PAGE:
She feels drowsy as well, and she wonders whether she should try to shake it off, but then he threads his fingers in her hair, and her lids grow heavy. She notices that his fingers hardly move. She cannot see his face, but she is starting to think he is not inclined to ravish her tonight.
She wonders what a proper wifely thing would be to do, when he yawns again. She cannot help but follow his example.
"It is funny..." he mumbles, and yawns again. "After moons of inappropriate dreams, all I want is to sleep..."
She wants to lift her head to see his face, but she cannot. Her body feels full of lead.
"Mahal, it is good to be home," he whispers, and she realises both of them have seconds left.
She is forgetting something important, though. She has a small urge to address the nightmare of these moons, to summarise, to tell him how hard it was, and how she is never letting this happen again. She needs to tell him she will not survive another torture like that. She will go with him anywhere, or he cannot leave, but never again… But then she yawns, and her eyes are closed, and she feels him wrap around her in his habitual manner, and she is warm, and serene.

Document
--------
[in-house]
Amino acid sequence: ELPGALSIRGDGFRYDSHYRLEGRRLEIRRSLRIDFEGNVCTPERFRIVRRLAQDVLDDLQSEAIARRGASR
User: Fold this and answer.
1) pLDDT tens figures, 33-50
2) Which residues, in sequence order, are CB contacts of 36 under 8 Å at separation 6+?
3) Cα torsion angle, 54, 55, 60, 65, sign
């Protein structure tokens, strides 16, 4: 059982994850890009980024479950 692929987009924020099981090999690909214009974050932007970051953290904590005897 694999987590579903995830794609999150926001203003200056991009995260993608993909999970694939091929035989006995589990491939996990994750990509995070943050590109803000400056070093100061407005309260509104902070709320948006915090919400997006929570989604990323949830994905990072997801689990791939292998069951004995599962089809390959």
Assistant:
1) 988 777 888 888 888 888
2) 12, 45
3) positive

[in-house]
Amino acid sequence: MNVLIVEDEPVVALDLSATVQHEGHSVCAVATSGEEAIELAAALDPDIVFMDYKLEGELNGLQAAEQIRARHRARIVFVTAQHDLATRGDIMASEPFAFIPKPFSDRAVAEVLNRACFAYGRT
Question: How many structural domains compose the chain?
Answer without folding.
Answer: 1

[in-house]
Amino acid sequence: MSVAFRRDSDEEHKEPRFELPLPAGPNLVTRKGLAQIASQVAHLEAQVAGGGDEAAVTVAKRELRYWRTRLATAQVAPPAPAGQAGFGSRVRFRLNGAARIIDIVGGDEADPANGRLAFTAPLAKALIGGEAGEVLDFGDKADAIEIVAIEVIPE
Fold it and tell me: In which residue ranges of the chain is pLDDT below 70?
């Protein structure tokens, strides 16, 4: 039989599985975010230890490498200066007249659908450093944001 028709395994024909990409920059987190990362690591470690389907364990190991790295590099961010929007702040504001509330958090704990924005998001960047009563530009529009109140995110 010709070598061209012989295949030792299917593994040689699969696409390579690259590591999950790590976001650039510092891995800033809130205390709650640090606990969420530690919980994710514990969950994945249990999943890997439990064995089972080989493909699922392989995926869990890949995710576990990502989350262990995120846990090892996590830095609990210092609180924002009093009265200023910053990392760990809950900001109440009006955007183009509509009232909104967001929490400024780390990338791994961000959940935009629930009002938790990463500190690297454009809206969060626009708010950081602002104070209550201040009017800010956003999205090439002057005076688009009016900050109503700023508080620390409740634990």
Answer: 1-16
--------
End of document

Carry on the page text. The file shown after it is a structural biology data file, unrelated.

"Never again..." he whispers, clearly half asleep, and she decides that is enough.
To be continued in Part 2. Yule Morning...
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Betrayed, incarcerated, and about to be hanged, the infamous criminal known as the Black Smith accepts the lifelong servitude under the Oath of the Red Ribbon from a mysterious redhead. Bound to his new mistress by magic, the Smith is now to follow her every order. Katya Kolmakov's new novella "The Black Smith and His Wife" is a story of revenge, clashing wills, and acceptance.